The New Hampshire Chicken is an American breed that was developed in 1910 in the New England states. Breeders now choose them because they can be used for meat and egg production.
Its early maturity, fast-growing, and fast feathering make it a popular breed. Their hens have good laying ability, and they make good table birds. The chicken breed is in high demand due to its features.
To raise this New Hampshire chicken breed, you need to know many details about them. This guide will tell you everything you need to know about this breed.
This guide has all the information you need about New Hampshire chickens, including their history, lifespan, color variety, egg production, size, characteristics, appearance, facts, care guide, and pictures.
What is a New Hampshire Chicken?
The name of this chicken breed comes from the fact that it came from New Hampshire in the United States.
It’s a hybrid chicken primarily developed as a commercial breed for meat production, but now it is on the list of good egg-laying chickens.
New Hampshire chickens produce more meat than their parent chicken breed (Rhode Island Red). It was first standardized by the American Poultry Association in 1935.
Common Names of New Hampshire Chicken
The New Hampshire Chicken, also known as the New Hampshire Red, originates in New Hampshire, United States.
History of New Hampshire Chickens
The New Hampshire chicken breed was developed in 1915 in New Hampshire in the United States from a strain of Rhode Island Red. The American Standard of Perfection recognized the newly formed breed in 1935.
It represents a selection, especially of the Rhode Island Red breed. Thereafter, a different breed gradually emerged through intensive selection for early maturity and vigor, fast weathering, and rapid growth.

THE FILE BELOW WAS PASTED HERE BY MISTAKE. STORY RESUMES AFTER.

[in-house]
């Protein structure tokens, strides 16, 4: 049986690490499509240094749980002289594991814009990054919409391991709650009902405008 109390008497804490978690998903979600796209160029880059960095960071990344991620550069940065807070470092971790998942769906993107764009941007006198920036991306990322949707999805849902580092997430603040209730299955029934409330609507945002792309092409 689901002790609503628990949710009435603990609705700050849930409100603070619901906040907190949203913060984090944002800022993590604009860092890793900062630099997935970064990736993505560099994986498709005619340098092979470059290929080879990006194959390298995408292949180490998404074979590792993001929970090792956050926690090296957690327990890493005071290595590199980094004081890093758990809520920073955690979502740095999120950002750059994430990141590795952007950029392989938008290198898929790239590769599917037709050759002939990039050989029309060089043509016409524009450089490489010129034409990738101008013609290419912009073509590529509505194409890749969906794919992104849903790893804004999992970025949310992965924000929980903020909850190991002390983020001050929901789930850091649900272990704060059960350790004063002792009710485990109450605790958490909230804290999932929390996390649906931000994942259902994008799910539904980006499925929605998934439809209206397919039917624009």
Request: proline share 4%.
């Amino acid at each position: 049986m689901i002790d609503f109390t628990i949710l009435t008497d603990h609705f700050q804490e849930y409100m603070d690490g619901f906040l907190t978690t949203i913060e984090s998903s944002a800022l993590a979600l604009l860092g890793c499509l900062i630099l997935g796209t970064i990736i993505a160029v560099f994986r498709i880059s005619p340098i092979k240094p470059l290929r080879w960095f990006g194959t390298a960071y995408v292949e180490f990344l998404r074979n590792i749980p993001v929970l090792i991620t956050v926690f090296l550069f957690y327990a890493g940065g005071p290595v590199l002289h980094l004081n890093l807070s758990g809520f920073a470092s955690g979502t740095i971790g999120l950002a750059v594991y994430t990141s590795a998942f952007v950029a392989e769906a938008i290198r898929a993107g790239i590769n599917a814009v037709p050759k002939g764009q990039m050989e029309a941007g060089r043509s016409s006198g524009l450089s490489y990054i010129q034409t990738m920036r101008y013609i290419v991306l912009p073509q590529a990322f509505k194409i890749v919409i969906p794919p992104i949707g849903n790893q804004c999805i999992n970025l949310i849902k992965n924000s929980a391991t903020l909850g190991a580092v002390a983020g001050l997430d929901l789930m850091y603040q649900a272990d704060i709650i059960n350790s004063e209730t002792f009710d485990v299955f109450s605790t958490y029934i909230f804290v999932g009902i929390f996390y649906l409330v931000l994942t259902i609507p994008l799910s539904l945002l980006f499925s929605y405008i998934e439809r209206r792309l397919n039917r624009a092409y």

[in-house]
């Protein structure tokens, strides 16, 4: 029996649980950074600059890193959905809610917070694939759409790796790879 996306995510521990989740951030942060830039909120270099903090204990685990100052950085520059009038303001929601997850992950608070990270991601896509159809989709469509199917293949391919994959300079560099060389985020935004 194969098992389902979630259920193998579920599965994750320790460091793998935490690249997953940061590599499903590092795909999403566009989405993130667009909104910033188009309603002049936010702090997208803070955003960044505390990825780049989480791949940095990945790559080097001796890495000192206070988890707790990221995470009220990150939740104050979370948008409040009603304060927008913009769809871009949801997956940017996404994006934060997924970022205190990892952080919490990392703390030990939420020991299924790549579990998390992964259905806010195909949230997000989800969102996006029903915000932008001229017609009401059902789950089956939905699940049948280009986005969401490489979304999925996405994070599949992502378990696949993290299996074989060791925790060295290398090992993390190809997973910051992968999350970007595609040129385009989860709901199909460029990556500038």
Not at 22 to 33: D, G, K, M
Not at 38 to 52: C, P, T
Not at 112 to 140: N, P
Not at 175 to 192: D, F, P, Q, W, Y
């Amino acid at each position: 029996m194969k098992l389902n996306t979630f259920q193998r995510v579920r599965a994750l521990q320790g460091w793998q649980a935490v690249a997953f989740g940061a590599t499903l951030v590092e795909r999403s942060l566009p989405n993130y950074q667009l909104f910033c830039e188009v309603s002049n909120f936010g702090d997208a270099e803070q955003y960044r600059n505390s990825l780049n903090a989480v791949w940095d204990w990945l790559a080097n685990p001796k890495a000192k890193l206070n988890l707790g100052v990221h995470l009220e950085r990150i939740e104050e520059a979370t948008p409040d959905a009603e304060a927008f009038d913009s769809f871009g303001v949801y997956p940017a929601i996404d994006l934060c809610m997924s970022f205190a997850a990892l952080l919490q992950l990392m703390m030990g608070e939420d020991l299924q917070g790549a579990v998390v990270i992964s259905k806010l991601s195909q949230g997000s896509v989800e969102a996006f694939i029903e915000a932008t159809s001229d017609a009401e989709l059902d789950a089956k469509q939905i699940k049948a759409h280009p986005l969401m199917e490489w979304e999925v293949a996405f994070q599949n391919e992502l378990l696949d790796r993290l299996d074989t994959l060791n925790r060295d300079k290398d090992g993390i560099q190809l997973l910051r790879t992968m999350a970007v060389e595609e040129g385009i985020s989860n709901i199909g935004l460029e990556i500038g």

This event occurred in New England, mainly in New Hampshire and Massachusetts, where it derived its name.
Lifespan of New Hampshire Chickens
New Hampshire chickens have a lifespan of about 6 years. With adequate shelter and nutrition, they may live a longer life.
New Hampshire Chicken Egg Color, Size, and Broodiness
The New Hampshire Red is a dual-purpose chicken breed raised for egg production. However, this is currently a popular meat bird. Each hen lays 250–280 eggs yearly, or around five eggs weekly.
Their eggs are large and tinted in color. The egg color depends on the strain of New Hampshire hen you have.
But, in general, most of them produce eggshells of a brown color. They lay medium-sized eggs, and the bird continues to lay eggs throughout the year.
New Hampshire chickens often go broody frequently and are good setters. They become good mothers if they are allowed to hatch on their own.
Some breeds of this New Hampshire chicken typically accept baby chicks from other hens, but this property varies from hen to hen.
Temperament of New Hampshire Chicken
Some have calm and docile personalities, while others are very aggressive. New Hampshire chickens are family-friendly birds, and they seem like great pets as you can tame them easily.
New Hampshire Reds are aggressive toward food and will push and nudge their flock mates away from their path. It’s not a good idea to have shy chicken breeds in your flock if you already have New Hampshire Reds.